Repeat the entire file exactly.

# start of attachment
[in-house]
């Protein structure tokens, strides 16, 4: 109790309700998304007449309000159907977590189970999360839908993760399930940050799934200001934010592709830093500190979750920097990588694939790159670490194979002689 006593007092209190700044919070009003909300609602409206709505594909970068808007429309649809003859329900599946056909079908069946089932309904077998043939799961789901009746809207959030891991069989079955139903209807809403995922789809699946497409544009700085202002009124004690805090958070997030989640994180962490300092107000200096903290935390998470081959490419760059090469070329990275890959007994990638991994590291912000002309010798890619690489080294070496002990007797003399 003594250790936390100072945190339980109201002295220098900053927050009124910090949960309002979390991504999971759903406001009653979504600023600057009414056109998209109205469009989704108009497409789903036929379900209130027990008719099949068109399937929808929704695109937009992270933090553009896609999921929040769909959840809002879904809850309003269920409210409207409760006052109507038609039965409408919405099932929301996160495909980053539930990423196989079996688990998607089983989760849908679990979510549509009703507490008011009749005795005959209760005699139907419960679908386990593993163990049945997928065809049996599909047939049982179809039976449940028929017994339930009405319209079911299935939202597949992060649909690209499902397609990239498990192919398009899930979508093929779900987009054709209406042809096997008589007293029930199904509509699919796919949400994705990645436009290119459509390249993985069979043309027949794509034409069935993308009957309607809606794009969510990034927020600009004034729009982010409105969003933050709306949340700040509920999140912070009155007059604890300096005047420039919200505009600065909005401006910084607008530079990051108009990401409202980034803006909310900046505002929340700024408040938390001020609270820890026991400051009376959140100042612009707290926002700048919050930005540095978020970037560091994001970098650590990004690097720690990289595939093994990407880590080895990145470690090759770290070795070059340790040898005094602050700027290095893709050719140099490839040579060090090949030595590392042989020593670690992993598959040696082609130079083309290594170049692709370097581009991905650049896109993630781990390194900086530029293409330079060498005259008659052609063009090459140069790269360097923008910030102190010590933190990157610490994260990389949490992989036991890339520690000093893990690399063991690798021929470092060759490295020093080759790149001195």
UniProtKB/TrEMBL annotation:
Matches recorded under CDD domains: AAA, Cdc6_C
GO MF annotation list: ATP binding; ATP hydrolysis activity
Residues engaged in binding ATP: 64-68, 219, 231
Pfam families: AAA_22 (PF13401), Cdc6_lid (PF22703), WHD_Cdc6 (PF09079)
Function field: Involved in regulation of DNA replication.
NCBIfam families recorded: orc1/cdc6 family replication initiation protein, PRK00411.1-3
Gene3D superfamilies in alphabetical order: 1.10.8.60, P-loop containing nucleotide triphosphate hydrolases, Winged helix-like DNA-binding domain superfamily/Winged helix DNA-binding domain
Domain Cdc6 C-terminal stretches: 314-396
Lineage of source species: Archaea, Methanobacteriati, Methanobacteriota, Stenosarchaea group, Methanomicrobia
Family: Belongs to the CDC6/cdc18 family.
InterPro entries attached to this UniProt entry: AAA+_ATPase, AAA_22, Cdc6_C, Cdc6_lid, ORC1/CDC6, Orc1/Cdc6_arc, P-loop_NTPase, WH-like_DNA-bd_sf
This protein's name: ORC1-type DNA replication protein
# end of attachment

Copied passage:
[in-house]
């Protein structure tokens, strides 16, 4: 109790309700998304007449309000159907977590189970999360839908993760399930940050799934200001934010592709830093500190979750920097990588694939790159670490194979002689 006593007092209190700044919070009003909300609602409206709505594909970068808007429309649809003859329900599946056909079908069946089932309904077998043939799961789901009746809207959030891991069989079955139903209807809403995922789809699946497409544009700085202002009124004690805090958070997030989640994180962490300092107000200096903290935390998470081959490419760059090469070329990275890959007994990638991994590291912000002309010798890619690489080294070496002990007797003399 003594250790936390100072945190339980109201002295220098900053927050009124910090949960309002979390991504999971759903406001009653979504600023600057009414056109998209109205469009989704108009497409789903036929379900209130027990008719099949068109399937929808929704695109937009992270933090553009896609999921929040769909959840809002879904809850309003269920409210409207409760006052109507038609039965409408919405099932929301996160495909980053539930990423196989079996688990998607089983989760849908679990979510549509009703507490008011009749005795005959209760005699139907419960679908386990593993163990049945997928065809049996599909047939049982179809039976449940028929017994339930009405319209079911299935939202597949992060649909690209499902397609990239498990192919398009899930979508093929779900987009054709209406042809096997008589007293029930199904509509699919796919949400994705990645436009290119459509390249993985069979043309027949794509034409069935993308009957309607809606794009969510990034927020600009004034729009982010409105969003933050709306949340700040509920999140912070009155007059604890300096005047420039919200505009600065909005401006910084607008530079990051108009990401409202980034803006909310900046505002929340700024408040938390001020609270820890026991400051009376959140100042612009707290926002700048919050930005540095978020970037560091994001970098650590990004690097720690990289595939093994990407880590080895990145470690090759770290070795070059340790040898005094602050700027290095893709050719140099490839040579060090090949030595590392042989020593670690992993598959040696082609130079083309290594170049692709370097581009991905650049896109993630781990390194900086530029293409330079060498005259008659052609063009090459140069790269360097923008910030102190010590933190990157610490994260990389949490992989036991890339520690000093893990690399063991690798021929470092060759490295020093080759790149001195």
UniProtKB/TrEMBL annotation:
Matches recorded under CDD domains: AAA, Cdc6_C
GO MF annotation list: ATP binding; ATP hydrolysis activity
Residues engaged in binding ATP: 64-68, 219, 231
Pfam families: AAA_22 (PF13401), Cdc6_lid (PF22703), WHD_Cdc6 (PF09079)
Function field: Involved in regulation of DNA replication.
NCBIfam families recorded: orc1/cdc6 family replication initiation protein, PRK00411.1-3
Gene3D superfamilies in alphabetical order: 1.10.8.60, P-loop containing nucleotide triphosphate hydrolases, Winged helix-like DNA-binding domain superfamily/Winged helix DNA-binding domain
Domain Cdc6 C-terminal stretches: 314-396
Lineage of source species: Archaea, Methanobacteriati, Methanobacteriota, Stenosarchaea group, Methanomicrobia
Family: Belongs to the CDC6/cdc18 family.
InterPro entries attached to this UniProt entry: AAA+_ATPase, AAA_22, Cdc6_C, Cdc6_lid, ORC1/CDC6, Orc1/Cdc6_arc, P-loop_NTPase, WH-like_DNA-bd_sf
This protein's name: ORC1-type DNA replication protein